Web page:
Why would a lawyer ever imagine it’d be okay to lie to and threaten a judge? This sounds like the exact opposite of how you’re supposed to act. And it looks like that was a lesson Georgia attorney James A. Dunlap had to learn the hard way.
Dunlap was temporarily admitted to practice in the state of Tennessee, but after his representation of a wannabe methadone clinic went off the rails, the Tennessee Supreme Court suspended him for one year. The court found that Dunlap had violated professional ethics rules against dishonesty and mandating candor to the court.
The disciplinary action stems from a company trying to open a methadone clinic in Tennessee. As part of that effort, in 2013, Dunlap filed an action with a state agency as well as cases in federal court for the clinic permits. Big Law Business has the details of just how Dunlap’s, erm, zealous advocacy for his client ran afoul of ethics rules:
After the state denied the certificate, Dunlap appealed and administrative judge Kim Summers stayed the hearing pending the outcome of the federal suits, the court said. But when Summers asked for updates on the federal cases, he stated there were no new developments when in fact one case had been dismissed and another had been stayed pending the administrative hearing.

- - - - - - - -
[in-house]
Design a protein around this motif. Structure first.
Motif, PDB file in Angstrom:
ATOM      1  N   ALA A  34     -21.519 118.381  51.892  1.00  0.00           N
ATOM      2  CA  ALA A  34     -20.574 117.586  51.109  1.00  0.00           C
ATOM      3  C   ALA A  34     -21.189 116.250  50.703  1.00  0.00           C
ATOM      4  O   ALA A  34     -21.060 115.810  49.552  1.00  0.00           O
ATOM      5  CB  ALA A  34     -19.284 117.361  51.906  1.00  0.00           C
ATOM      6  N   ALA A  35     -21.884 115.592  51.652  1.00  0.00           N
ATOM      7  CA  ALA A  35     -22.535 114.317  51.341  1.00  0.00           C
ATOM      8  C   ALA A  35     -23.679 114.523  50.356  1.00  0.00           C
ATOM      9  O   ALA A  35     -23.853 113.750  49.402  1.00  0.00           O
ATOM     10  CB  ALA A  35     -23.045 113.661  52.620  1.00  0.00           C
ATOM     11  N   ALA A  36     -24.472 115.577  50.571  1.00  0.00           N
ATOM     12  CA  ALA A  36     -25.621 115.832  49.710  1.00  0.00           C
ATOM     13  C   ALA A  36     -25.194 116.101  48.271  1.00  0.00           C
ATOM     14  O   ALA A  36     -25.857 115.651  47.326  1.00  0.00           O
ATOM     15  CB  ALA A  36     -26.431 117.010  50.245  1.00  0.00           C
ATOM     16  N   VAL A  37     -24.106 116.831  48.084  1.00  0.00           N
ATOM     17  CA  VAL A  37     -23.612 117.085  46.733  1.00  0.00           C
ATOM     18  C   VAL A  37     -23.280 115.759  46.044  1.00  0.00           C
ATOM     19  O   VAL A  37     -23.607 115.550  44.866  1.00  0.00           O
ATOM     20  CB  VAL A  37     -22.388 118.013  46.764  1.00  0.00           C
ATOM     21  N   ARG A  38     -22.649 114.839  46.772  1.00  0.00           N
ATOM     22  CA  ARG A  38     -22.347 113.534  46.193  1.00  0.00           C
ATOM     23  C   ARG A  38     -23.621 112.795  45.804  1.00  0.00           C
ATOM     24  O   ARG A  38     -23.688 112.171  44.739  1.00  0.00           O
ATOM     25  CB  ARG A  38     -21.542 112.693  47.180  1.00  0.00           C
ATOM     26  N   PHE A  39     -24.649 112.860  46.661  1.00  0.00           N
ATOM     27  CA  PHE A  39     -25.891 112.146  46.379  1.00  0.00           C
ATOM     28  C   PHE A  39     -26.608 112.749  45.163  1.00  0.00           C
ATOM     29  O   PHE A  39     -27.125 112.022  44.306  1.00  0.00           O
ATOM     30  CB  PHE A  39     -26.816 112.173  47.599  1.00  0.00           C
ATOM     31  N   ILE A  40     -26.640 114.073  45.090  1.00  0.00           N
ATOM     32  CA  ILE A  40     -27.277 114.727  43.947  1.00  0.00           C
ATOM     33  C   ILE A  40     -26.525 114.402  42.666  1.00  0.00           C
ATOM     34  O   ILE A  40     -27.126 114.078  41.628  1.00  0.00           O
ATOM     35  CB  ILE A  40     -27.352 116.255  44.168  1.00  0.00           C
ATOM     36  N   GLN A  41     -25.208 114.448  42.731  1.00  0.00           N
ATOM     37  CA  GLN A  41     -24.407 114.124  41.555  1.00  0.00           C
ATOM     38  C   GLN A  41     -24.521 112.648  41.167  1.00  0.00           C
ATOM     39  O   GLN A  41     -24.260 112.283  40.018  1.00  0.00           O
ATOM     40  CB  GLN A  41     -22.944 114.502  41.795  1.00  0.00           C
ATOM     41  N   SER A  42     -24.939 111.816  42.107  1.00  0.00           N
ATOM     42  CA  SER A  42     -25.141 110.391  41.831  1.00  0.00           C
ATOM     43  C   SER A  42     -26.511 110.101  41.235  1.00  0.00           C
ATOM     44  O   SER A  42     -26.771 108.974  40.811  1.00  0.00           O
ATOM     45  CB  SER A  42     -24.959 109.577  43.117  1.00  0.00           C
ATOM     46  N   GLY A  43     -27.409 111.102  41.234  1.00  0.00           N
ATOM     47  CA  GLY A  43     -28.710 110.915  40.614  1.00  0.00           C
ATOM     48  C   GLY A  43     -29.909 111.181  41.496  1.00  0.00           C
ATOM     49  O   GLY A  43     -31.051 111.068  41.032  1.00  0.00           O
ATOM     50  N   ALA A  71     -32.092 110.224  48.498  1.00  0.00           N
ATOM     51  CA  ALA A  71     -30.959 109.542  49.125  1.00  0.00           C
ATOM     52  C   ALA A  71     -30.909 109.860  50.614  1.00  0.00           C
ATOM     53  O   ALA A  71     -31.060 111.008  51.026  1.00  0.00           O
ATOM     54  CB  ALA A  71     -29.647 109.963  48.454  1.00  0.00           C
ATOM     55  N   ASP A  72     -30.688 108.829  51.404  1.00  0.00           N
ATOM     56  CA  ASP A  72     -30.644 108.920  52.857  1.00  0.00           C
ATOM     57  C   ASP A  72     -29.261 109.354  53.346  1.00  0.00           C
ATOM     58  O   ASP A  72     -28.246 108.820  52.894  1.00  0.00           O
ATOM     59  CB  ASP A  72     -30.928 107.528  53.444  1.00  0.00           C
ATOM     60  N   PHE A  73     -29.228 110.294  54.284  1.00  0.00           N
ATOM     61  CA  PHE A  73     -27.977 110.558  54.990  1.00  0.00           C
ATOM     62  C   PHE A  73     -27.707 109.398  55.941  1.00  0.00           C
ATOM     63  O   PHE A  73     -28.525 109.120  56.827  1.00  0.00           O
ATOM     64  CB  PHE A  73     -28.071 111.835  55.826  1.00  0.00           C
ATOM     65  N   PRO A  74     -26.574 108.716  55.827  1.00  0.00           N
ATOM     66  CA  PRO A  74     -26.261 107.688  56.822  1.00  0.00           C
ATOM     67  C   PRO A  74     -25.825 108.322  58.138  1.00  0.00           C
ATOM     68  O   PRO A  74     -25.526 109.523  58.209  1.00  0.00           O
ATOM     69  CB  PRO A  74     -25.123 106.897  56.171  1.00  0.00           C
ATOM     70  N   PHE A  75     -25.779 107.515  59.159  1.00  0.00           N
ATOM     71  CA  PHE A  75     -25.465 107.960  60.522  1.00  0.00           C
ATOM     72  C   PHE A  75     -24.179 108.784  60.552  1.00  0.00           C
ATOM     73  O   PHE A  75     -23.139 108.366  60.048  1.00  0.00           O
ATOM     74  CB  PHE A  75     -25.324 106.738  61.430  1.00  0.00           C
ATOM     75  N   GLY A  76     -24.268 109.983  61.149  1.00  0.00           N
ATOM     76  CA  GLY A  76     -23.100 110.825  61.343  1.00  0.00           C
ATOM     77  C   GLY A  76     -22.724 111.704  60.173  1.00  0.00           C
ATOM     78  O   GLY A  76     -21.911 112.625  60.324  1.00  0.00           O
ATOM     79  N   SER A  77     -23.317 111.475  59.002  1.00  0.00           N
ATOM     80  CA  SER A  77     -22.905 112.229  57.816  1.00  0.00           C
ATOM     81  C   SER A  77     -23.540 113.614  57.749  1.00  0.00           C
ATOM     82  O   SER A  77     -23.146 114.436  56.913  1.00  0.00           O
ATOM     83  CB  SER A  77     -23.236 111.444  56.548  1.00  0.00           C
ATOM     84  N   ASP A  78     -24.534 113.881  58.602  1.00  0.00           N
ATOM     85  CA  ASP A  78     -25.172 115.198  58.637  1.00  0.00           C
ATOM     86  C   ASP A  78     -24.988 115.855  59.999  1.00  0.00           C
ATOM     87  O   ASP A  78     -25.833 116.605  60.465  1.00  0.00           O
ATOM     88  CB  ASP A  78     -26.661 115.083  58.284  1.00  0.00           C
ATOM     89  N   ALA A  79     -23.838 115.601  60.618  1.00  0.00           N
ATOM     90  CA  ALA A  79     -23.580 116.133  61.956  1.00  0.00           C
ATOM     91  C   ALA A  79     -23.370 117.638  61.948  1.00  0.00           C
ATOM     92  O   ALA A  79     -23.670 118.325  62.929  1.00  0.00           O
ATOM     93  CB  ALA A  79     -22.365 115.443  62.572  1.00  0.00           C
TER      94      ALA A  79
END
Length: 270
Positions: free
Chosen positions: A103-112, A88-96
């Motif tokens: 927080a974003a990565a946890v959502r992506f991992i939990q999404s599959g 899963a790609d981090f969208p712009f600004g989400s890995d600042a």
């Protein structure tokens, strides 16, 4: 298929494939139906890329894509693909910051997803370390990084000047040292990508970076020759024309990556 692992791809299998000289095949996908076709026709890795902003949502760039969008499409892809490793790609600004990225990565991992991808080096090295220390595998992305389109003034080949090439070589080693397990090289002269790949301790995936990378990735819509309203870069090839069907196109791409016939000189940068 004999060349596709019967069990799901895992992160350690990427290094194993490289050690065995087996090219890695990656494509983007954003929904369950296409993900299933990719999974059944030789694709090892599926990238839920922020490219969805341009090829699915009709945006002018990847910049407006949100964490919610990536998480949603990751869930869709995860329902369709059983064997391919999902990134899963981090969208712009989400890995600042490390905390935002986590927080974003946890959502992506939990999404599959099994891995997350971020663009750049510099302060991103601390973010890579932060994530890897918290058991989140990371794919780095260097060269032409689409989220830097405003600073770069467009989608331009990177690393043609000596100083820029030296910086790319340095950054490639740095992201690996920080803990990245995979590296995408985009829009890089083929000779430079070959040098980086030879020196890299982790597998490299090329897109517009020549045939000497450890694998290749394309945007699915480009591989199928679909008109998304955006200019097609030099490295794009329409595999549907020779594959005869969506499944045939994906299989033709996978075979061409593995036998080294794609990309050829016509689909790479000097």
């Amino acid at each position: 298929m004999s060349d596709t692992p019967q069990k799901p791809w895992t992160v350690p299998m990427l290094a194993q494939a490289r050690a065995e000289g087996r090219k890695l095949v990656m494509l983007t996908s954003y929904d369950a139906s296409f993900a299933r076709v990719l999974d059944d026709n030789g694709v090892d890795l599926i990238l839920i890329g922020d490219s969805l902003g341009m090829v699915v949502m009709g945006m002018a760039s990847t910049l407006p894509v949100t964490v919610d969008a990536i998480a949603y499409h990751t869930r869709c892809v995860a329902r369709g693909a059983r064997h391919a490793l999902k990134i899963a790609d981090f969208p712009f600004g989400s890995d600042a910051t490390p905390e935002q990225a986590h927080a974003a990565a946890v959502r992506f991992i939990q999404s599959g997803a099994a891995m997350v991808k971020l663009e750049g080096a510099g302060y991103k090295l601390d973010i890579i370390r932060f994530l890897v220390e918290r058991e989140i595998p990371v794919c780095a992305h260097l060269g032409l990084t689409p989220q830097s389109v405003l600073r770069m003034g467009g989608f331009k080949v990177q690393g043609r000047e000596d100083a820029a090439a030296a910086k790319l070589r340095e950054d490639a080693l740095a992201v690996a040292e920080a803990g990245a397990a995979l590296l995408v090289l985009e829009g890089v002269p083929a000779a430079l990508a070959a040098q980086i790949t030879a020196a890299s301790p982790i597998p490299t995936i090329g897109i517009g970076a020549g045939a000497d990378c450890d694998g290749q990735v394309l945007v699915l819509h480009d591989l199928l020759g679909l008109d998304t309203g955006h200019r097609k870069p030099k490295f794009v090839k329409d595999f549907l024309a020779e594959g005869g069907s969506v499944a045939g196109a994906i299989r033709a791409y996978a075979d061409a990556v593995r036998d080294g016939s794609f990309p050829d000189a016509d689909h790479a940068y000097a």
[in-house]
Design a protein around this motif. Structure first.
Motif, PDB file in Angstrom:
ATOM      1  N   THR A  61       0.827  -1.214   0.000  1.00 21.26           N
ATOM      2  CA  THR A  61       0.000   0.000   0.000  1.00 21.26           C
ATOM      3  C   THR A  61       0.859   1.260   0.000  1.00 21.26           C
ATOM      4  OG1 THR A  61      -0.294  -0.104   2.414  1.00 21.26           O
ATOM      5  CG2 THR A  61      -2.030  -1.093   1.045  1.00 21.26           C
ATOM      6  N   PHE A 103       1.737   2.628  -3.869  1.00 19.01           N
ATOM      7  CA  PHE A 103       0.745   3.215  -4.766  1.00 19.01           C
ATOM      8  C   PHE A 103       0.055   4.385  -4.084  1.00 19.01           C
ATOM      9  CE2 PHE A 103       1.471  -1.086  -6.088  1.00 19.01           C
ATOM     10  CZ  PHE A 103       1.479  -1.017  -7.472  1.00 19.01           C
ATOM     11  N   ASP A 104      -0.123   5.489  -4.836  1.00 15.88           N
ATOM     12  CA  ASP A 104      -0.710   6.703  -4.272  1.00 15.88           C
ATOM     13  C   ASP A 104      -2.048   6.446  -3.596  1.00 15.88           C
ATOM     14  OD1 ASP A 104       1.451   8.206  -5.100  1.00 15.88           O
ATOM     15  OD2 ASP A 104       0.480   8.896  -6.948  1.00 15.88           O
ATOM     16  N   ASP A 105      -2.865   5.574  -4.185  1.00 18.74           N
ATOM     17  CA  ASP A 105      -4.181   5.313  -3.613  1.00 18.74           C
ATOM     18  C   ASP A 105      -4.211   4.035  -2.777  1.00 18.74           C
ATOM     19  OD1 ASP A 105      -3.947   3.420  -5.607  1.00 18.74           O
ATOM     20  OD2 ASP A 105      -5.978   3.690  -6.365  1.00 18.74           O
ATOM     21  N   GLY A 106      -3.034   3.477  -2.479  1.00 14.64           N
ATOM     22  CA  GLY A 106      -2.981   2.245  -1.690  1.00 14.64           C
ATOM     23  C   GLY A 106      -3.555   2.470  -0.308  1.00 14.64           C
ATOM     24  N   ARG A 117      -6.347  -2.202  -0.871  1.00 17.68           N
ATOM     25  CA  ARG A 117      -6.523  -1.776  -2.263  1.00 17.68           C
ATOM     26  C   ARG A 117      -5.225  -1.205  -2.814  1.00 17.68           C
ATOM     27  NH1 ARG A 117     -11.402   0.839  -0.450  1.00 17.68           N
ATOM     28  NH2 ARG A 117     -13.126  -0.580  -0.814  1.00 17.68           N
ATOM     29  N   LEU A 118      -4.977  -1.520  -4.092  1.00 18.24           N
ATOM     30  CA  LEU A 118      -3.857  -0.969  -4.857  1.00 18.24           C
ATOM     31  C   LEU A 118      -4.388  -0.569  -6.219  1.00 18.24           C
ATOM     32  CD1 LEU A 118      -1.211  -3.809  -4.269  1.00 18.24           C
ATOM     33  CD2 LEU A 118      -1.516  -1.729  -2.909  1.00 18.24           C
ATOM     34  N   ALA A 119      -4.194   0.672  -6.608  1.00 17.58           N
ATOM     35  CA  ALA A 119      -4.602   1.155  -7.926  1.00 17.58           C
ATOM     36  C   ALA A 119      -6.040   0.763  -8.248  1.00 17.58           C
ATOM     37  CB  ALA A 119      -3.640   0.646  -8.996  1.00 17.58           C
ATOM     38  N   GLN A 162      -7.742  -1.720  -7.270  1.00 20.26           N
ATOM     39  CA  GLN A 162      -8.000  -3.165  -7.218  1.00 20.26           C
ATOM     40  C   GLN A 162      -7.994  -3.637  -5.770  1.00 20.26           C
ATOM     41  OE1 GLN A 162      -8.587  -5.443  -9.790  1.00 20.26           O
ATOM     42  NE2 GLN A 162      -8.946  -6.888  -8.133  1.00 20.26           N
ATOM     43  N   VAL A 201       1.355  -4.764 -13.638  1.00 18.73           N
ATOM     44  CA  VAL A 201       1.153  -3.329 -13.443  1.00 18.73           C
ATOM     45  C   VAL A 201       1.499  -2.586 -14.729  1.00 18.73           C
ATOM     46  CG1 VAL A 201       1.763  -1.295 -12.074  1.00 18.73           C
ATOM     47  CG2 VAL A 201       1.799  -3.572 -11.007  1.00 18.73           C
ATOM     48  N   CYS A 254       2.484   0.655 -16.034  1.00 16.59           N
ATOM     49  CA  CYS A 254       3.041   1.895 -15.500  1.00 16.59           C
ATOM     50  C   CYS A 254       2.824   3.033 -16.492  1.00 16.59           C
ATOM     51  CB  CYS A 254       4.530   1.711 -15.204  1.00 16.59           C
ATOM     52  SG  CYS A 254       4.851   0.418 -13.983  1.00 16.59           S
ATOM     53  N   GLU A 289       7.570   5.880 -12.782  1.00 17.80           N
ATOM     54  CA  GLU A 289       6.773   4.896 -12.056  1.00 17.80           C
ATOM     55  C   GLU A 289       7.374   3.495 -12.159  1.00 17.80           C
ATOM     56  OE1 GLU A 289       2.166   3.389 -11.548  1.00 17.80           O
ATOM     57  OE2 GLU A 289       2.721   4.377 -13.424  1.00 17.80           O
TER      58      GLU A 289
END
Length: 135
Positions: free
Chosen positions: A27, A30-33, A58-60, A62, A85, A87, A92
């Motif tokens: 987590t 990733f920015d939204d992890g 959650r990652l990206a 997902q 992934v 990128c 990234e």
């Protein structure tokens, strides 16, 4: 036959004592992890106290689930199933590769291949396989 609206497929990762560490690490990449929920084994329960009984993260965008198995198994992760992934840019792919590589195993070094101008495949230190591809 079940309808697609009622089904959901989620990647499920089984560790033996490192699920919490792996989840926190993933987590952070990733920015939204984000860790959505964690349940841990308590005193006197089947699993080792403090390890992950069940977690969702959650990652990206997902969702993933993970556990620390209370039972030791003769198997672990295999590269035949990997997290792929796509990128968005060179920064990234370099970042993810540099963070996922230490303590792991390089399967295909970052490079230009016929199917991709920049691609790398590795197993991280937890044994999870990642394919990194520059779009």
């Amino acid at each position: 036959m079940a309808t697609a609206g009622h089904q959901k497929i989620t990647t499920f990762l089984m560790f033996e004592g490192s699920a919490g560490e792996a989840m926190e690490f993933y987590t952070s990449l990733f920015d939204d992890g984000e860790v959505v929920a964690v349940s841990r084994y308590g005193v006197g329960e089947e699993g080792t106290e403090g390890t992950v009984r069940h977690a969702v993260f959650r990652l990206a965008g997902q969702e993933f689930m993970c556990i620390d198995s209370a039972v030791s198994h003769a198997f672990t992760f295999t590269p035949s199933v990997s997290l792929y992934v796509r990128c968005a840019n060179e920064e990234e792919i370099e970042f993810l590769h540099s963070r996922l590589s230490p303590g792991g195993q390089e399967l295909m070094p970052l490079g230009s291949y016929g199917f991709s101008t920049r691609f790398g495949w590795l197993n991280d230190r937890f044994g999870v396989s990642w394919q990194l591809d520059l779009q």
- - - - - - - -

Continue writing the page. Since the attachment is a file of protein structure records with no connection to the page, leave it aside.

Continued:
When the state agency filed a motion to set that administrative hearing in 2014, Dunlap allegedly said to Summers there was no need for a hearing for the certificate and that he might have to ask the U.S. Justice Department to file an enforcement action against her, the court said. He also allegedly told her that if she held a hearing, she might be perceived as a “fixer” for the opposing parties and as “aiding and abetting” them.
The state professional responsibility review board did not take kindly to Dunlap’s actions, saying they amounted to “bullying and [were] prejudicial to the administration of justice.” They also found that Dunlap was “unapologetic and saw nothing improper in his conduct during the administrative appeal before Judge Summers.”
All of which is a long way of saying the Tennessee Supreme Court found a one-year suspension was warranted.
Kathryn Rubino is a Senior Editor at Above the Law, and host of The Jabot podcast. AtL tipsters are the best, so please connect with her. Feel free to email her with any tips, questions, or comments and follow her on Twitter (@Kathryn1).
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